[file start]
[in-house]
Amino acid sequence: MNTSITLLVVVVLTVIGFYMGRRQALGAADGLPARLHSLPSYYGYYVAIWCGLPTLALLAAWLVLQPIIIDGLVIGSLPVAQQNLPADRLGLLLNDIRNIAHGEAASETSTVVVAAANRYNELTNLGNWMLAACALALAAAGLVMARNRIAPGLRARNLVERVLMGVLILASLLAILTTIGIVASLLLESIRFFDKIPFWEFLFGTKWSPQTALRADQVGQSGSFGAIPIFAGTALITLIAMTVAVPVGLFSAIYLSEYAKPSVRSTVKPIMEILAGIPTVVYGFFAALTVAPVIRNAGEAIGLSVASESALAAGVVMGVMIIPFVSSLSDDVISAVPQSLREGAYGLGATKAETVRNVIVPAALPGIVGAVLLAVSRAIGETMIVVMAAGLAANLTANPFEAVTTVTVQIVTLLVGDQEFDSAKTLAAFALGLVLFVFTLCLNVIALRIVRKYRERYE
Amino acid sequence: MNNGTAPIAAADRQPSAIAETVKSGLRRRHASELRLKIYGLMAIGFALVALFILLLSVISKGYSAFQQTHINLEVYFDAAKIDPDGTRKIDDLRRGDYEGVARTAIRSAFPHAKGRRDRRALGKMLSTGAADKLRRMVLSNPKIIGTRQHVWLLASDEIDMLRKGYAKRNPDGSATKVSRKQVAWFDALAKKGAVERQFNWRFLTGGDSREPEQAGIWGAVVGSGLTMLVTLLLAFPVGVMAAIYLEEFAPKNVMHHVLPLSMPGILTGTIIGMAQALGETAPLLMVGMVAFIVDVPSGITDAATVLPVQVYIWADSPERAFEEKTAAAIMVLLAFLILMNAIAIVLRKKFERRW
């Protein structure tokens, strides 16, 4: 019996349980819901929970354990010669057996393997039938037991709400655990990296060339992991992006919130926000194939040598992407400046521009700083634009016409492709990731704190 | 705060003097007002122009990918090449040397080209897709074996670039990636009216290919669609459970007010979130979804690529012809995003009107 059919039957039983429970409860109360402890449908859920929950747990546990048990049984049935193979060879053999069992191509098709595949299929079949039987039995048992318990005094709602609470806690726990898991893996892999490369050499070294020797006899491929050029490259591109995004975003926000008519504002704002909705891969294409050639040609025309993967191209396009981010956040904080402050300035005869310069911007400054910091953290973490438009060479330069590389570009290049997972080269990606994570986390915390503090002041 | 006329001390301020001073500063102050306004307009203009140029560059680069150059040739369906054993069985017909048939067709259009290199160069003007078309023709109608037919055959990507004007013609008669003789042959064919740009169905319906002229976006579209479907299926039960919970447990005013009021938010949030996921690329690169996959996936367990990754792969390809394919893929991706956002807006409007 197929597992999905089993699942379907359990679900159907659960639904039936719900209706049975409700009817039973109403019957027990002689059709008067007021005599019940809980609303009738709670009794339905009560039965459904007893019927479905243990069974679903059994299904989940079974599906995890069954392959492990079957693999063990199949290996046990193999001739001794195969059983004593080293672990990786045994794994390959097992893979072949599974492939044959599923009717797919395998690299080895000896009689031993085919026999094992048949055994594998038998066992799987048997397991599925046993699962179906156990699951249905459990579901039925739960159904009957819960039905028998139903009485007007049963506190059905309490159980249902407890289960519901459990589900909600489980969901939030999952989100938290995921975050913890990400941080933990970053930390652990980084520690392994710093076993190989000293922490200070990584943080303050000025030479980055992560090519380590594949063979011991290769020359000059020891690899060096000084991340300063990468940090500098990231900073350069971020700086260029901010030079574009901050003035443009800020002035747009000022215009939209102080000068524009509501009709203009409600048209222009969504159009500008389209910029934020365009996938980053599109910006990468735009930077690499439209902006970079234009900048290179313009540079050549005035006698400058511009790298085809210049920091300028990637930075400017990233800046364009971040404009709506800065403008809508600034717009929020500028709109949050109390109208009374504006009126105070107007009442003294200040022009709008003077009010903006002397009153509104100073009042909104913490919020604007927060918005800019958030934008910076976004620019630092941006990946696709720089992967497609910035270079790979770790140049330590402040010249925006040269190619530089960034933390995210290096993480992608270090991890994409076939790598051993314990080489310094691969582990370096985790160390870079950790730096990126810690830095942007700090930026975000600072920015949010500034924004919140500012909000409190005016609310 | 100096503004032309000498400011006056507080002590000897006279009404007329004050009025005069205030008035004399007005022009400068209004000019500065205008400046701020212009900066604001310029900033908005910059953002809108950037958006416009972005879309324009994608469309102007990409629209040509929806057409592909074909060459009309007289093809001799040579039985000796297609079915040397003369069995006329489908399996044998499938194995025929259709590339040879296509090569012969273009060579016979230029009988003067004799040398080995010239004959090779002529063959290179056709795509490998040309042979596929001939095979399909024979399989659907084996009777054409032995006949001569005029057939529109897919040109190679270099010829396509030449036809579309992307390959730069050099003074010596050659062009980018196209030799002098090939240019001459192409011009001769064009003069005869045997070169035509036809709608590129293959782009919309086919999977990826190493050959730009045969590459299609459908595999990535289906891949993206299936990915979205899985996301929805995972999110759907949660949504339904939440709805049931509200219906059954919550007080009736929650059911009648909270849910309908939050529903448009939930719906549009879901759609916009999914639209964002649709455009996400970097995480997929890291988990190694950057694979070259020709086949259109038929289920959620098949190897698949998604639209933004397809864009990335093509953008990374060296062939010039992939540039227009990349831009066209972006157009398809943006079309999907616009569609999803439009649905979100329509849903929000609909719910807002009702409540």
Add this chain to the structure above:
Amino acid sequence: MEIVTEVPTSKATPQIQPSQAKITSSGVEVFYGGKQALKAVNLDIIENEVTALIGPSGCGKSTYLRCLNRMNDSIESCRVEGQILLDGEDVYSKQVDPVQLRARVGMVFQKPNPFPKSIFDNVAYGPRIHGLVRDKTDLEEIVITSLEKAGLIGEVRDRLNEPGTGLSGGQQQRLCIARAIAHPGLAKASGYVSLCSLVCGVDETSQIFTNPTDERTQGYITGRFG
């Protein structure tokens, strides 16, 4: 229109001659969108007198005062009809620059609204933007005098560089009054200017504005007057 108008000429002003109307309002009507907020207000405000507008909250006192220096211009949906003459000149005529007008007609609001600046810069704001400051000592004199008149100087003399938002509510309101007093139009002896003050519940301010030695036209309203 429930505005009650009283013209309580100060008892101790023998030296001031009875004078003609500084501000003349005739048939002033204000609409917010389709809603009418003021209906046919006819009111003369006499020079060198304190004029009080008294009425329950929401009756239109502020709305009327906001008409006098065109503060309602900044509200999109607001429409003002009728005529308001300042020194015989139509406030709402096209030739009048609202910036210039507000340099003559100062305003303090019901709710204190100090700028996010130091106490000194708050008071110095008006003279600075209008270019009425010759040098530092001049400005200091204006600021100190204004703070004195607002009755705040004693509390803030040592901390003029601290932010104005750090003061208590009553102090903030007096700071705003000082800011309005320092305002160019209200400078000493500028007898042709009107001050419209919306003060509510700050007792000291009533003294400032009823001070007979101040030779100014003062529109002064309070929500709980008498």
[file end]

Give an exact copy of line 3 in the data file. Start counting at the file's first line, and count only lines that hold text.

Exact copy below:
Amino acid sequence: MNNGTAPIAAADRQPSAIAETVKSGLRRRHASELRLKIYGLMAIGFALVALFILLLSVISKGYSAFQQTHINLEVYFDAAKIDPDGTRKIDDLRRGDYEGVARTAIRSAFPHAKGRRDRRALGKMLSTGAADKLRRMVLSNPKIIGTRQHVWLLASDEIDMLRKGYAKRNPDGSATKVSRKQVAWFDALAKKGAVERQFNWRFLTGGDSREPEQAGIWGAVVGSGLTMLVTLLLAFPVGVMAAIYLEEFAPKNVMHHVLPLSMPGILTGTIIGMAQALGETAPLLMVGMVAFIVDVPSGITDAATVLPVQVYIWADSPERAFEEKTAAAIMVLLAFLILMNAIAIVLRKKFERRW